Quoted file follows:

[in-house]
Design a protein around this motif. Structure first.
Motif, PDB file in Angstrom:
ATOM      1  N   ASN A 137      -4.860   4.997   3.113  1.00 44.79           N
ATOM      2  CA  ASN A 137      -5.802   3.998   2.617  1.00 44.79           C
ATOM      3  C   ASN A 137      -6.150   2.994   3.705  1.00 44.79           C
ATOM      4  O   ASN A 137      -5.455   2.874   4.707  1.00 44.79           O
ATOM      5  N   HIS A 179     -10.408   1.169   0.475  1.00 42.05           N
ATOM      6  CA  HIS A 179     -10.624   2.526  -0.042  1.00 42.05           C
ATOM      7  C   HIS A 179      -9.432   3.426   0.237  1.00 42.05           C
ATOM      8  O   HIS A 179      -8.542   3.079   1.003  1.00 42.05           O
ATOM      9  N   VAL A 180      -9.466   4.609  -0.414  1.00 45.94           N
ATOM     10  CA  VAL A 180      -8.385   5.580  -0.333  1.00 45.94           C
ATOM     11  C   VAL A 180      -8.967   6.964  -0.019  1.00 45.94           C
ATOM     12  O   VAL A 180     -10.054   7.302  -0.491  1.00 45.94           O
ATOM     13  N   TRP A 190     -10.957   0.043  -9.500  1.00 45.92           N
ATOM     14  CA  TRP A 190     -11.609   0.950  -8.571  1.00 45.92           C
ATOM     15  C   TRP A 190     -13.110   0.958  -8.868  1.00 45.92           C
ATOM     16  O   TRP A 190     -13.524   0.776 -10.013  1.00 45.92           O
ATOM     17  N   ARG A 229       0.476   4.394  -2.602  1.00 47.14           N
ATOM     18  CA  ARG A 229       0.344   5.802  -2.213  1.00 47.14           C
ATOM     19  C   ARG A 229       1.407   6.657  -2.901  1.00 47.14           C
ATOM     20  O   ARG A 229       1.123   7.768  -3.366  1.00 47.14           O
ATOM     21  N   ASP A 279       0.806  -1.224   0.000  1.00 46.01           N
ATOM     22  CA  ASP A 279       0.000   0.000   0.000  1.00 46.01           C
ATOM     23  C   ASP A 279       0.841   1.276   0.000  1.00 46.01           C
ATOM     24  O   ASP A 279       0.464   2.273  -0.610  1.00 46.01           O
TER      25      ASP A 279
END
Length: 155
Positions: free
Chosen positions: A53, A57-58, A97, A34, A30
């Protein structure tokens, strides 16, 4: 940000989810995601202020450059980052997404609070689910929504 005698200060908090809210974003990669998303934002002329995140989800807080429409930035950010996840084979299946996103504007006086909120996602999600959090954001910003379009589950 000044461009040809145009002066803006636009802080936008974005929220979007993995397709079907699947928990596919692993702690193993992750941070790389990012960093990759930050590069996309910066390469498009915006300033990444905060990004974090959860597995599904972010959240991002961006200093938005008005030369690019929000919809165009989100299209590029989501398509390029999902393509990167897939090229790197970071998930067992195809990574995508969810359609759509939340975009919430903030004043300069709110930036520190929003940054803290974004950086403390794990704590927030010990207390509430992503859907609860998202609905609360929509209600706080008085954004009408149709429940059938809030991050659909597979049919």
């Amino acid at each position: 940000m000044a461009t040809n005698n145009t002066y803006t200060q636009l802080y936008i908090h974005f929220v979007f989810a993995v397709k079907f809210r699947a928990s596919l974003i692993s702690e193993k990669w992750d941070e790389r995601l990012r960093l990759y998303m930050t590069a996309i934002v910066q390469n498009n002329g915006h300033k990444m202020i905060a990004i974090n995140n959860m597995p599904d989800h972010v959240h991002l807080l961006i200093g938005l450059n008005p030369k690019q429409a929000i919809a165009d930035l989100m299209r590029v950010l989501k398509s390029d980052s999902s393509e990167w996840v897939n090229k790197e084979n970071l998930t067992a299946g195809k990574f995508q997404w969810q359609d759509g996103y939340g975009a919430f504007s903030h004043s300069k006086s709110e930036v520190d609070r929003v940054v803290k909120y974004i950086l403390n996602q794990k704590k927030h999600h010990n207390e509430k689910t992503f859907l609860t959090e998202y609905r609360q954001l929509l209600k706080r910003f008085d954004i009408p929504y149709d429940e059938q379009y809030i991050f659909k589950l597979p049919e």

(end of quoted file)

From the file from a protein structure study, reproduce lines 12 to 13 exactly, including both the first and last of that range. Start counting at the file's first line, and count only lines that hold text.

ATOM      9  N   VAL A 180      -9.466   4.609  -0.414  1.00 45.94           N
ATOM     10  CA  VAL A 180      -8.385   5.580  -0.333  1.00 45.94           C